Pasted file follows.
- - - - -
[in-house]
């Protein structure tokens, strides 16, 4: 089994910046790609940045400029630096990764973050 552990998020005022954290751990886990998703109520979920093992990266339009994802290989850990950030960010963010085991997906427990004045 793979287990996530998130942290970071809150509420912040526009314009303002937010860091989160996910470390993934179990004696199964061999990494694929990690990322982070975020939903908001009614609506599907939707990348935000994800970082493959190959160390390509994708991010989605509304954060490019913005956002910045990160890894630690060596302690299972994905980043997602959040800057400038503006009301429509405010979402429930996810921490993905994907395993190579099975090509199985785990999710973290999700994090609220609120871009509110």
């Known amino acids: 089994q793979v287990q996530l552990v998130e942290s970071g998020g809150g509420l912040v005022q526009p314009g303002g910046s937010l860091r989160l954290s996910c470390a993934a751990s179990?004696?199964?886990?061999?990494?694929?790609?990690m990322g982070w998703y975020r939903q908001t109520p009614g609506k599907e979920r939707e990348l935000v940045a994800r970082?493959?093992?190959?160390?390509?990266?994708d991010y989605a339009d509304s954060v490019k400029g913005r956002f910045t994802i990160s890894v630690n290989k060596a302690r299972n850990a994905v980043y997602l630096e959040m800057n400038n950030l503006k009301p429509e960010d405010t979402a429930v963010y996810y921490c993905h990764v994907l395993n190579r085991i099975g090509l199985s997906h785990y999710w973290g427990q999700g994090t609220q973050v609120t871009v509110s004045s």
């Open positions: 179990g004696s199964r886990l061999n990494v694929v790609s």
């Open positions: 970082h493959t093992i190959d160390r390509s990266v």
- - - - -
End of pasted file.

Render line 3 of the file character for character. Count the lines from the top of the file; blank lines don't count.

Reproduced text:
């Known amino acids: 089994q793979v287990q996530l552990v998130e942290s970071g998020g809150g509420l912040v005022q526009p314009g303002g910046s937010l860091r989160l954290s996910c470390a993934a751990s179990?004696?199964?886990?061999?990494?694929?790609?990690m990322g982070w998703y975020r939903q908001t109520p009614g609506k599907e979920r939707e990348l935000v940045a994800r970082?493959?093992?190959?160390?390509?990266?994708d991010y989605a339009d509304s954060v490019k400029g913005r956002f910045t994802i990160s890894v630690n290989k060596a302690r299972n850990a994905v980043y997602l630096e959040m800057n400038n950030l503006k009301p429509e960010d405010t979402a429930v963010y996810y921490c993905h990764v994907l395993n190579r085991i099975g090509l199985s997906h785990y999710w973290g427990q999700g994090t609220q973050v609120t871009v509110s004045s």